Things didn’t get off to a great start for Tagovailoa on the first day of June minicamp, when he tossed five interceptions during a heavy rainstorm, subsequently drawing the concern of bored NFL fans and pundits who had nothing better to do than overanalyze his practice figures. However, recent reports from Dolphins training camp have been much more positive. South Florida Sun-Sentinel columnist Omar Kelly praised Tagovailoa on Monday for displaying “mastery of this offense” and tremendous accuracy. “Tua, I think he’s gotten off to a good start,” coach Brian Flores told reporters Monday. “Still a long way to go. Still very early. Good command of the offense, his techniques and his QB mechanics, fundamentals.” Practice and training camp reps aren’t what will determine whether or not Tagovailoa succeeds in year two, but if he can carry any of this momentum and confidence into the new season, perhaps he’ll better resemble the player so many remember seeing at Alabama.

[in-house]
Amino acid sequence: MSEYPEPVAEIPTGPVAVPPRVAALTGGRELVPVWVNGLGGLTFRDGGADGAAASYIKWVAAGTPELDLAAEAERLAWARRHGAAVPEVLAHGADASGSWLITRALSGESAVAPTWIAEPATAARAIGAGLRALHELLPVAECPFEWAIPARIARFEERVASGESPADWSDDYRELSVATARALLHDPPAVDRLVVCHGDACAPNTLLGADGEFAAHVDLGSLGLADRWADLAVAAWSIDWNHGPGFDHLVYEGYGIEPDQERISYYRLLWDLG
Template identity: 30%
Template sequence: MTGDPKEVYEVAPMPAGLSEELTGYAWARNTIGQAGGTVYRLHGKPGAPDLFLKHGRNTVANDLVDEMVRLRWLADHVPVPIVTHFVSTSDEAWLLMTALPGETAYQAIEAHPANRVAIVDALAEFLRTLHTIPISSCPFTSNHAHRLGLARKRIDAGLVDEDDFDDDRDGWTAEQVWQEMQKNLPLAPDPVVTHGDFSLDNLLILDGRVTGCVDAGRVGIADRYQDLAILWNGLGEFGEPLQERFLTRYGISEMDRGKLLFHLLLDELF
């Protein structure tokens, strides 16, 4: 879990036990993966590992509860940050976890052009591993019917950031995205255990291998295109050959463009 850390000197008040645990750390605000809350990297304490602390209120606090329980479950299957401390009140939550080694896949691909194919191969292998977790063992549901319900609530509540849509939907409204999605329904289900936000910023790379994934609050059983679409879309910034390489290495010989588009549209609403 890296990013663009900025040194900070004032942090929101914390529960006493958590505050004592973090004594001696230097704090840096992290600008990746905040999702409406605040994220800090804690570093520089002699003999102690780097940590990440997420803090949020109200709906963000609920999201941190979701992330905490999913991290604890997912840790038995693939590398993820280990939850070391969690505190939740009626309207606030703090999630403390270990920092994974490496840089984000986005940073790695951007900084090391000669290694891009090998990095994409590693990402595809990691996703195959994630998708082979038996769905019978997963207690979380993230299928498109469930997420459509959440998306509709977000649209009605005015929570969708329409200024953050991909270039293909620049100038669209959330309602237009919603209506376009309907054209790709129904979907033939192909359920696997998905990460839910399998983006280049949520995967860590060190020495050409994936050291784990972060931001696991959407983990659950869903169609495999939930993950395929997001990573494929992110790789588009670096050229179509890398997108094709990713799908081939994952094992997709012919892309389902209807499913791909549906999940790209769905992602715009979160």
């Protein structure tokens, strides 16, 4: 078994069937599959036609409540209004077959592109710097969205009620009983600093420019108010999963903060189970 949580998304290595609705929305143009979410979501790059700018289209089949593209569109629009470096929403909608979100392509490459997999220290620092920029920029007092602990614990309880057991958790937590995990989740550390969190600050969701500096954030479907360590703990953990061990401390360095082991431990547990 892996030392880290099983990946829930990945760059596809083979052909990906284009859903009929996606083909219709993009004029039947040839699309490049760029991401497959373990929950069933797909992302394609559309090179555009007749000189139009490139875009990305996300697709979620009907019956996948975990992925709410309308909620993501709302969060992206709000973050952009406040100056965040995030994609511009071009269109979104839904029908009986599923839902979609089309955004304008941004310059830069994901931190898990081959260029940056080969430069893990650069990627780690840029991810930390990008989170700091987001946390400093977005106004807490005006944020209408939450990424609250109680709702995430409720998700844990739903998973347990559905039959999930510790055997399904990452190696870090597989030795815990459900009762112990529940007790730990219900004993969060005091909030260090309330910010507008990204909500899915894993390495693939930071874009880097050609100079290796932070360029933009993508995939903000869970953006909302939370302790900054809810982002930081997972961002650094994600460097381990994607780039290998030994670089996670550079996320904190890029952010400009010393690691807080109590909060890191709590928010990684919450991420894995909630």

Justin Herbert, Chargers (2020 no. 6 pick)

2020 stats: 15 games (all starts), 31 TD, 10 INT, 66.6 completion rate, 7.6 AY/A, 69.5 QBR

Can Herbert carry his hot start into the new season?

Hardly anyone saw Herbert’s breakout rookie campaign coming. Now, Herbert and the Chargers must find a way to manage the expectations that come with that.

Herbert assumed Los Angeles’s starting gig after Tyrod Taylor’s lung was punctured accidentally by a team doctor ahead of a Week 2 matchup against the Chiefs. He never looked back, breaking a handful of rookie passing records and becoming the youngest player to ever throw 30 TDs in a single season, even as the Chargers stumbled to a 7-9 record.